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newtonville aerial

One argument that keeps coming up from Austin Street opponents it the issue of time. They say that we need more time to make sure this is the right deal for the city, or we need more time to see if there are other options.

This process has taken years, just since the point at which the city called the lot “surplus.” Never mind all the years of having the lot itself. The vetting is done, the arguments were had, this is the project in front of us. And personally, I’m not convinced that a secondary vetting process will yield a substantially better project. This is why I still believe that a vote of “No” is a vote in favor of the parking lot.

The photo above is from 1948, a few years before the Mass Pike cut through the city. At first look, it seems that very little has changed. Walnut Street has many of the same buildings, the railroad cuts a path right where the Pike is today and many of the houses look almost identical. (you can examine a much larger version here.)

But look again and you can start to see the increase in parking. Two buildings that sit at the corner of Austin Street and Walnut Street were removed, replaced by a parking lot. The Star Market that existed on the street front has moved back a block and now hangs over the Pike.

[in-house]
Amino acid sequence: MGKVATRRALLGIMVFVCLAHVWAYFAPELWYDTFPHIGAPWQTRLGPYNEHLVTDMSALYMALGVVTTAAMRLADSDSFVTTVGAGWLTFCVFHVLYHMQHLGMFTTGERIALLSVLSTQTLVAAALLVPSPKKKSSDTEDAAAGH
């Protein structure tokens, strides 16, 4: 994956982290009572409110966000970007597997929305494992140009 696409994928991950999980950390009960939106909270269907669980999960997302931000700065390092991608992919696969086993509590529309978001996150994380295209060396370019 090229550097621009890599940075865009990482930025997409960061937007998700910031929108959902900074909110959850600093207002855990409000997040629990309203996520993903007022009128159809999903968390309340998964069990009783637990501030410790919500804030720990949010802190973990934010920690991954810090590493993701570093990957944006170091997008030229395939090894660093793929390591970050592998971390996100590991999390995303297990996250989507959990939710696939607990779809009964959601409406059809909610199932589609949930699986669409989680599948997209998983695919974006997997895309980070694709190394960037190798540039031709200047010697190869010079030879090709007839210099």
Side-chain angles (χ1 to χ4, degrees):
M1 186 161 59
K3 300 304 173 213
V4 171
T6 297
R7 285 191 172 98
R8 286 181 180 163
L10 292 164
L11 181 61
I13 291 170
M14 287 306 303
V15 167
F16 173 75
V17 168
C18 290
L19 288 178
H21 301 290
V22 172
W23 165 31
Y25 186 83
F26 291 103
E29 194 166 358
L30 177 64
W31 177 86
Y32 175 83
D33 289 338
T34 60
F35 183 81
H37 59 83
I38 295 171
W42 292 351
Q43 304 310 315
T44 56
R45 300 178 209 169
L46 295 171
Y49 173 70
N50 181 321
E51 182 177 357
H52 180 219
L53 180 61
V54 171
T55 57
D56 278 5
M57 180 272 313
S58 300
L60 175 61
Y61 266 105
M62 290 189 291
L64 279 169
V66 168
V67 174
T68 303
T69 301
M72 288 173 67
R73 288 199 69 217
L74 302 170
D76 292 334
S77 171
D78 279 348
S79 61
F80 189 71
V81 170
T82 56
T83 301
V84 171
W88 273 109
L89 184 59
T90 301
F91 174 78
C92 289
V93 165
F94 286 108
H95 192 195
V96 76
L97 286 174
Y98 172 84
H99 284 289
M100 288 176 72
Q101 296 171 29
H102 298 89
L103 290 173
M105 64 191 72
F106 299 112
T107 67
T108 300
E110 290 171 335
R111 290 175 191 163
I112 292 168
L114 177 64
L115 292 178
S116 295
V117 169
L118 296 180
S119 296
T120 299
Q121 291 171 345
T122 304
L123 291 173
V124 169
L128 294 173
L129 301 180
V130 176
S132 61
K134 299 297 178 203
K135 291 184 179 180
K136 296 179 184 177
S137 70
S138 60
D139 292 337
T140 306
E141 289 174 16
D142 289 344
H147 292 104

Look at the top middle of the frame, extending to the left. All those trees are gone, replaced with offices and parking. The Austin Street lot itself has grown, taking over plots of land on the northwestern edge and on the southwestern edge. Also, a grassy area that is immediately behind where the Rox Diner sits today has also been removed in favor of more parking.

Newton wasn’t alone in making these car-based decisions through the latter half of the 20th century, cities and suburbs around the country did the same. Now we have an opportunity to turn that tide and move to a more sustainable way of living. This project is just one piece of that.

But here’s the thing: the city has had at least 60 years to decide what to do with the Austin Street parking lot. It’s been a slab of asphalt for that long and, if this project gets voted down, will be a slap of asphalt for a lot longer.







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